Outsourcing payroll to a team of experts is a smart decision for any business owner who wants to stay updated on the constantly changing compliance regulations.

Outsourcing ensures that your payroll is always accurate and compliant, which helps you avoid costly penalties and legal issues. You can also free up internal resources and focus on other critical aspects of your business.

Moreover, outsourcing payroll to a team of experts can provide additional benefits, such as access to the latest payroll technology, expert advice, and customised solutions that can help you optimise your processes.

End of the Financial Year Checklist for Businesses

As the end of the financial year approaches, you must start preparing for the various tasks you must complete before the deadline. Whether you’re a small business owner or part of a larger organisation, you should know the critical tasks and obligations to ensure compliance with tax and accounting regulations.

Creating a checklist of things to do can be incredibly helpful in staying organised and on top of things. So, let’s take a look at some of the essential items that should be on your end-of-financial-year checklist.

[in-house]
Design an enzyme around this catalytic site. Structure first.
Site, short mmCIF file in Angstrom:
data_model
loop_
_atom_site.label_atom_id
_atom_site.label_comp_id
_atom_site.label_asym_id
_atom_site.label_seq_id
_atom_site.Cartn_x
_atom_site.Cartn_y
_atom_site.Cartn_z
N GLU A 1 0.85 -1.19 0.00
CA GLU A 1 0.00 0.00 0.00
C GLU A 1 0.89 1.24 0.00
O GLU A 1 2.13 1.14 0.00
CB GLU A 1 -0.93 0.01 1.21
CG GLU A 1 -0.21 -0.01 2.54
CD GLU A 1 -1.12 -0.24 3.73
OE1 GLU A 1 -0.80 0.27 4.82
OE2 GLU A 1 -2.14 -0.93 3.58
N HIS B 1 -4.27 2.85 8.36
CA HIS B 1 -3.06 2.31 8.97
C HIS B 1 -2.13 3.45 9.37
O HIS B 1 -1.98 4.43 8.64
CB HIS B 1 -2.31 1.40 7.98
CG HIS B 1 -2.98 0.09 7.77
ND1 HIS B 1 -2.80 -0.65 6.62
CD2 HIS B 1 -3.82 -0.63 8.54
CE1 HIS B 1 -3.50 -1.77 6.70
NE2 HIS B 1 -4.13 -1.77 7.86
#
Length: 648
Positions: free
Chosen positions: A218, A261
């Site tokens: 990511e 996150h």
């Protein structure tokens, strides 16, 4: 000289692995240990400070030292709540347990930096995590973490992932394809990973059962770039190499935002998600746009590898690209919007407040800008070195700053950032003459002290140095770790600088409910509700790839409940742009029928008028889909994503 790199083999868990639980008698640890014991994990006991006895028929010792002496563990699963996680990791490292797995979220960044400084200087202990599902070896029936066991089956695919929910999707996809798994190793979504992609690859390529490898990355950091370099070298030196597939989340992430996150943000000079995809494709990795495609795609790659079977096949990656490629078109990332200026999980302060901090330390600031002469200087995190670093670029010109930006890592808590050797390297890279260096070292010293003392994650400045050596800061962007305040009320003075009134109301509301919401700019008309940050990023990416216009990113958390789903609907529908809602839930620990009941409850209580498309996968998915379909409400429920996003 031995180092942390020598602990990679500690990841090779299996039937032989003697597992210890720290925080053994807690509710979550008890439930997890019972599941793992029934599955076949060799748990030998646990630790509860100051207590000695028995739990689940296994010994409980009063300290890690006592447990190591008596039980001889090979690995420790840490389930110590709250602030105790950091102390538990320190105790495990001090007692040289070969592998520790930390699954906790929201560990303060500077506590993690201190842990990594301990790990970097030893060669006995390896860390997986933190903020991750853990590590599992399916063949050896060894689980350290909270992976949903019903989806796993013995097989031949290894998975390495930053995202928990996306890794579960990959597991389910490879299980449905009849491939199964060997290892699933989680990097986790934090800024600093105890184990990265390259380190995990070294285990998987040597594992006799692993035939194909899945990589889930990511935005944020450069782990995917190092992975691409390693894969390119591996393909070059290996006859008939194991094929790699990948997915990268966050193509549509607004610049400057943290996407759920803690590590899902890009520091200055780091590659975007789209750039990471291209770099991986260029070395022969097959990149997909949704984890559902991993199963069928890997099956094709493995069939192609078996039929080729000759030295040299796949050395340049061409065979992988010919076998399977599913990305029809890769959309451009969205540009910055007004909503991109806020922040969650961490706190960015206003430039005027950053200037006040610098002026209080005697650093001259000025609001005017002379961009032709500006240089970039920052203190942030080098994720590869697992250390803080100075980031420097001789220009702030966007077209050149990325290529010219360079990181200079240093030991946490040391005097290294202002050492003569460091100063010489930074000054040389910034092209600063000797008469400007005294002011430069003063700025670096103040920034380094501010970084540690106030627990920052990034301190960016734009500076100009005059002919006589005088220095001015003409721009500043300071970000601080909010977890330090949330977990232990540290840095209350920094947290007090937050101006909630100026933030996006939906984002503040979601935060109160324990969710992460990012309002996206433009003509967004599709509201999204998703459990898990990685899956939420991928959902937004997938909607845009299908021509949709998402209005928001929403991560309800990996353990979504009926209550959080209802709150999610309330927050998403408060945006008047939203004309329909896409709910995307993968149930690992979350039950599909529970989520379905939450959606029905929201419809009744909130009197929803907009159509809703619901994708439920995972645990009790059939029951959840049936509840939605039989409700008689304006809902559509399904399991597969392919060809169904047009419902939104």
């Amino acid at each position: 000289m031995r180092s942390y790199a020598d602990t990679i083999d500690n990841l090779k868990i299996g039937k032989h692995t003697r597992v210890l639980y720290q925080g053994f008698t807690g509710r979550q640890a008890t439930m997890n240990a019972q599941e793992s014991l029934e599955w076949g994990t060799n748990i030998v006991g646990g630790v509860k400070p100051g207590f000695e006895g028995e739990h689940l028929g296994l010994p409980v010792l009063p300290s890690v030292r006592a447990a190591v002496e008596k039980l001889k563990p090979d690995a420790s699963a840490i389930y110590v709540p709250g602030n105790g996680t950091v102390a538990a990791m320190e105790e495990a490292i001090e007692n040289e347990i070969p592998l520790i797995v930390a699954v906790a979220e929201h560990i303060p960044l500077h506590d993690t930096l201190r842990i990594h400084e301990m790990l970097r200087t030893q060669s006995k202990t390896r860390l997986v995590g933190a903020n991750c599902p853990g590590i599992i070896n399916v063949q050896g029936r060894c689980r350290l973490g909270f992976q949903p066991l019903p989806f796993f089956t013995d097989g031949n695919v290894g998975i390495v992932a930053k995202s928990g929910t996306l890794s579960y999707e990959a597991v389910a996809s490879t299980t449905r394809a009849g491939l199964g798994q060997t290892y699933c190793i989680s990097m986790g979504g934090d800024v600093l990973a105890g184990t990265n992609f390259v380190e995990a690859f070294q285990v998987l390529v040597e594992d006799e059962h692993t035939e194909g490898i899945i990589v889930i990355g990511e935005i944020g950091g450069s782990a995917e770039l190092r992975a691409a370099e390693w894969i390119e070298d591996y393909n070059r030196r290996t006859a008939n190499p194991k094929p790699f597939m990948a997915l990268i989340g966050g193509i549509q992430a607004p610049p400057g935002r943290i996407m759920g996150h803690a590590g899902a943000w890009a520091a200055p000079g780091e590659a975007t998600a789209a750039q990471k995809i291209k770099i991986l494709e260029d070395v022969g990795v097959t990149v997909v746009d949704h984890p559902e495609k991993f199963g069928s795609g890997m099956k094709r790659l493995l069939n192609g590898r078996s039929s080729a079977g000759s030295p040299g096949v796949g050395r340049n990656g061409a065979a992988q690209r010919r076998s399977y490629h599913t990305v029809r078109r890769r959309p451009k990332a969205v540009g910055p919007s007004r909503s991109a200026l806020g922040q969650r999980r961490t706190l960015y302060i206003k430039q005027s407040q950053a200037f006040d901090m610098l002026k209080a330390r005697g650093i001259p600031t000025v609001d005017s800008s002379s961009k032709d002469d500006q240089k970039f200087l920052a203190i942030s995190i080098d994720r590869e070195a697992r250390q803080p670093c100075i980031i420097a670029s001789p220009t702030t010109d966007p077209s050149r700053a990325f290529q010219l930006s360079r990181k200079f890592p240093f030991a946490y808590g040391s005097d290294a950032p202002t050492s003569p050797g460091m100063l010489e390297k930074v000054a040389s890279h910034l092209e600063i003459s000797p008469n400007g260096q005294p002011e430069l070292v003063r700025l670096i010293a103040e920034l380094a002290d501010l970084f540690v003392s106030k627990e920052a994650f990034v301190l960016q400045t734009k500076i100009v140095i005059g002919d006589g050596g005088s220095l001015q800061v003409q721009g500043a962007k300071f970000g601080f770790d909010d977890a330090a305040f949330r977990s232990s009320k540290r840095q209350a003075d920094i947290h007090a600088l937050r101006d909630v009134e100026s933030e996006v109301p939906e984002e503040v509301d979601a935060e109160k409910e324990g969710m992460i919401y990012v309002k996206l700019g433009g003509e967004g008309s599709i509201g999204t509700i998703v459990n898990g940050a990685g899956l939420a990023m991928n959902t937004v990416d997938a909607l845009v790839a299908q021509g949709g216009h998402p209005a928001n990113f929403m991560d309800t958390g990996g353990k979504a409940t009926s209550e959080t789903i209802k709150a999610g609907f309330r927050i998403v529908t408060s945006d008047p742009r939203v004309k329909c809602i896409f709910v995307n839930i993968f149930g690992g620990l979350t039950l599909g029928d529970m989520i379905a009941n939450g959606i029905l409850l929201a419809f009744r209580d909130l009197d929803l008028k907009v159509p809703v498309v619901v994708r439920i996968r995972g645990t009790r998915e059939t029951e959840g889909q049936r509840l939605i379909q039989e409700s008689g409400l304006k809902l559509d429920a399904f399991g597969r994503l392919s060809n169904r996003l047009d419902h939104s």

• Payroll Reconciliation: Reconcile payroll records with your financial statements. Verify that the total payroll expenses match your financial reports.
  • Superannuation Contributions: Confirm that superannuation contributions have been made correctly for all eligible employees and lodge the necessary superannuation reports.
  • Finalise STP Reporting: Complete your final STP reporting for the financial year. Ensure all employee data is accurately reported to the Australian Taxation Office (ATO).
  • Annual Leave: Calculate annual leave balances for each employee. Ensure that any unused leave is accounted for.
  • Termination Payments: If any employees have left during the year, ensure that termination payments are correctly calculated and reported.
  • Contracts: Review employment contracts to ensure they align with current laws and regulations.